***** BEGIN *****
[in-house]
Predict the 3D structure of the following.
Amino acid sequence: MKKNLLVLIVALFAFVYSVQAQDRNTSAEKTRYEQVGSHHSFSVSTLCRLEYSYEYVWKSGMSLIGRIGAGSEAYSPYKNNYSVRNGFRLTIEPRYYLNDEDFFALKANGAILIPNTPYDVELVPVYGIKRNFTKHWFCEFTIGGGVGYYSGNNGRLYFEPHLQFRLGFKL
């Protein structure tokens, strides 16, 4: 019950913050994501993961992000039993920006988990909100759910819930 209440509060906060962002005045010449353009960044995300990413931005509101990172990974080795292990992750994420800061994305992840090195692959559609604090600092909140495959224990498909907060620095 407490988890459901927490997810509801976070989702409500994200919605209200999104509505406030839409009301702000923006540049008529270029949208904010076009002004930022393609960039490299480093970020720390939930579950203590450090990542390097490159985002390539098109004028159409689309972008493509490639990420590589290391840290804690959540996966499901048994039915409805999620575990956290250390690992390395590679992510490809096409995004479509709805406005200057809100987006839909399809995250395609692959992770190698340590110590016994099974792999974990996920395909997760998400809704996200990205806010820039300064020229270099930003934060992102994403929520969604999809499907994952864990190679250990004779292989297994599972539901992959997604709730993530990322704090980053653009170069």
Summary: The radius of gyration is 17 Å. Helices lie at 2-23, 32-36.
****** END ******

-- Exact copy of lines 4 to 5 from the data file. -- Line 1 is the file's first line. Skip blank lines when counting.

């Protein structure tokens, strides 16, 4: 019950913050994501993961992000039993920006988990909100759910819930 209440509060906060962002005045010449353009960044995300990413931005509101990172990974080795292990992750994420800061994305992840090195692959559609604090600092909140495959224990498909907060620095 407490988890459901927490997810509801976070989702409500994200919605209200999104509505406030839409009301702000923006540049008529270029949208904010076009002004930022393609960039490299480093970020720390939930579950203590450090990542390097490159985002390539098109004028159409689309972008493509490639990420590589290391840290804690959540996966499901048994039915409805999620575990956290250390690992390395590679992510490809096409995004479509709805406005200057809100987006839909399809995250395609692959992770190698340590110590016994099974792999974990996920395909997760998400809704996200990205806010820039300064020229270099930003934060992102994403929520969604999809499907994952864990190679250990004779292989297994599972539901992959997604709730993530990322704090980053653009170069």
Summary: The radius of gyration is 17 Å. Helices lie at 2-23, 32-36.